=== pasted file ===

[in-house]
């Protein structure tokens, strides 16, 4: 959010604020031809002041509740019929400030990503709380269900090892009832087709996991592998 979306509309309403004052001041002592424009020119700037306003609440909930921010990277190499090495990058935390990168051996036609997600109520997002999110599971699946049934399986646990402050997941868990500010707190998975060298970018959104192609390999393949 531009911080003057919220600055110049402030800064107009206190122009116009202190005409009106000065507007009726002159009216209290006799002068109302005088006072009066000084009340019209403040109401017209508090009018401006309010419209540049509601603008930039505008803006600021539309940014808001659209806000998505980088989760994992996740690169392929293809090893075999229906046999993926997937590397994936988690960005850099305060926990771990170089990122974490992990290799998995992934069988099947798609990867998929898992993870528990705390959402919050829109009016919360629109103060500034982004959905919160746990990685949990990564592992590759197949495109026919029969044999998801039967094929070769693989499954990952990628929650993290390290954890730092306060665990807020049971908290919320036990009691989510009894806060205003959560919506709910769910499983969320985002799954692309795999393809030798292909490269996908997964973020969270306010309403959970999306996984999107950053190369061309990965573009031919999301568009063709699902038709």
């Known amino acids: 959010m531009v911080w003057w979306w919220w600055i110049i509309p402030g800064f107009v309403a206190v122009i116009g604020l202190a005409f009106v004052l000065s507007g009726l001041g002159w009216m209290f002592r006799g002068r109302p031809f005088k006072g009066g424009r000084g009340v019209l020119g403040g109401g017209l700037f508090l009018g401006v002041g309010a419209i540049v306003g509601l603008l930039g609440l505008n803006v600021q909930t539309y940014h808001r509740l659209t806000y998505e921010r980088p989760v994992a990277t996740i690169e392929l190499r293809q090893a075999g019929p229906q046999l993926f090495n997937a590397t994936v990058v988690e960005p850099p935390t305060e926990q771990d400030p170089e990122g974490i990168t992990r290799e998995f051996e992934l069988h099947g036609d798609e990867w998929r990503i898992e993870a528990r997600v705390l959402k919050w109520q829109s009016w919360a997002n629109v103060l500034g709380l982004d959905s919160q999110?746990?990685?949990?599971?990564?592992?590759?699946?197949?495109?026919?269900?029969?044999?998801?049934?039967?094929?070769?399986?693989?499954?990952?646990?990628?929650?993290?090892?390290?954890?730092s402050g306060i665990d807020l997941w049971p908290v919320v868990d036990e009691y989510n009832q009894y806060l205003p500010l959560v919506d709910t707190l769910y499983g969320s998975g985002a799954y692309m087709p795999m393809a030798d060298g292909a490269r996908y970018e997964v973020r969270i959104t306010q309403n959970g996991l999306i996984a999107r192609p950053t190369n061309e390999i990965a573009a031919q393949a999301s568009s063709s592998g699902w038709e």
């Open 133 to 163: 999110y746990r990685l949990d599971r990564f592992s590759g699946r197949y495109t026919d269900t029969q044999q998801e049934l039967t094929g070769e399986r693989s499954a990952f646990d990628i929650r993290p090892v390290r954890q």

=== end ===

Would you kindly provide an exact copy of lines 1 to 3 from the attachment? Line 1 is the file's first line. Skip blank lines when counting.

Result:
[in-house]
């Protein structure tokens, strides 16, 4: 959010604020031809002041509740019929400030990503709380269900090892009832087709996991592998 979306509309309403004052001041002592424009020119700037306003609440909930921010990277190499090495990058935390990168051996036609997600109520997002999110599971699946049934399986646990402050997941868990500010707190998975060298970018959104192609390999393949 531009911080003057919220600055110049402030800064107009206190122009116009202190005409009106000065507007009726002159009216209290006799002068109302005088006072009066000084009340019209403040109401017209508090009018401006309010419209540049509601603008930039505008803006600021539309940014808001659209806000998505980088989760994992996740690169392929293809090893075999229906046999993926997937590397994936988690960005850099305060926990771990170089990122974490992990290799998995992934069988099947798609990867998929898992993870528990705390959402919050829109009016919360629109103060500034982004959905919160746990990685949990990564592992590759197949495109026919029969044999998801039967094929070769693989499954990952990628929650993290390290954890730092306060665990807020049971908290919320036990009691989510009894806060205003959560919506709910769910499983969320985002799954692309795999393809030798292909490269996908997964973020969270306010309403959970999306996984999107950053190369061309990965573009031919999301568009063709699902038709």
């Known amino acids: 959010m531009v911080w003057w979306w919220w600055i110049i509309p402030g800064f107009v309403a206190v122009i116009g604020l202190a005409f009106v004052l000065s507007g009726l001041g002159w009216m209290f002592r006799g002068r109302p031809f005088k006072g009066g424009r000084g009340v019209l020119g403040g109401g017209l700037f508090l009018g401006v002041g309010a419209i540049v306003g509601l603008l930039g609440l505008n803006v600021q909930t539309y940014h808001r509740l659209t806000y998505e921010r980088p989760v994992a990277t996740i690169e392929l190499r293809q090893a075999g019929p229906q046999l993926f090495n997937a590397t994936v990058v988690e960005p850099p935390t305060e926990q771990d400030p170089e990122g974490i990168t992990r290799e998995f051996e992934l069988h099947g036609d798609e990867w998929r990503i898992e993870a528990r997600v705390l959402k919050w109520q829109s009016w919360a997002n629109v103060l500034g709380l982004d959905s919160q999110?746990?990685?949990?599971?990564?592992?590759?699946?197949?495109?026919?269900?029969?044999?998801?049934?039967?094929?070769?399986?693989?499954?990952?646990?990628?929650?993290?090892?390290?954890?730092s402050g306060i665990d807020l997941w049971p908290v919320v868990d036990e009691y989510n009832q009894y806060l205003p500010l959560v919506d709910t707190l769910y499983g969320s998975g985002a799954y692309m087709p795999m393809a030798d060298g292909a490269r996908y970018e997964v973020r969270i959104t306010q309403n959970g996991l999306i996984a999107r192609p950053t190369n061309e390999i990965a573009a031919q393949a999301s568009s063709s592998g699902w038709e």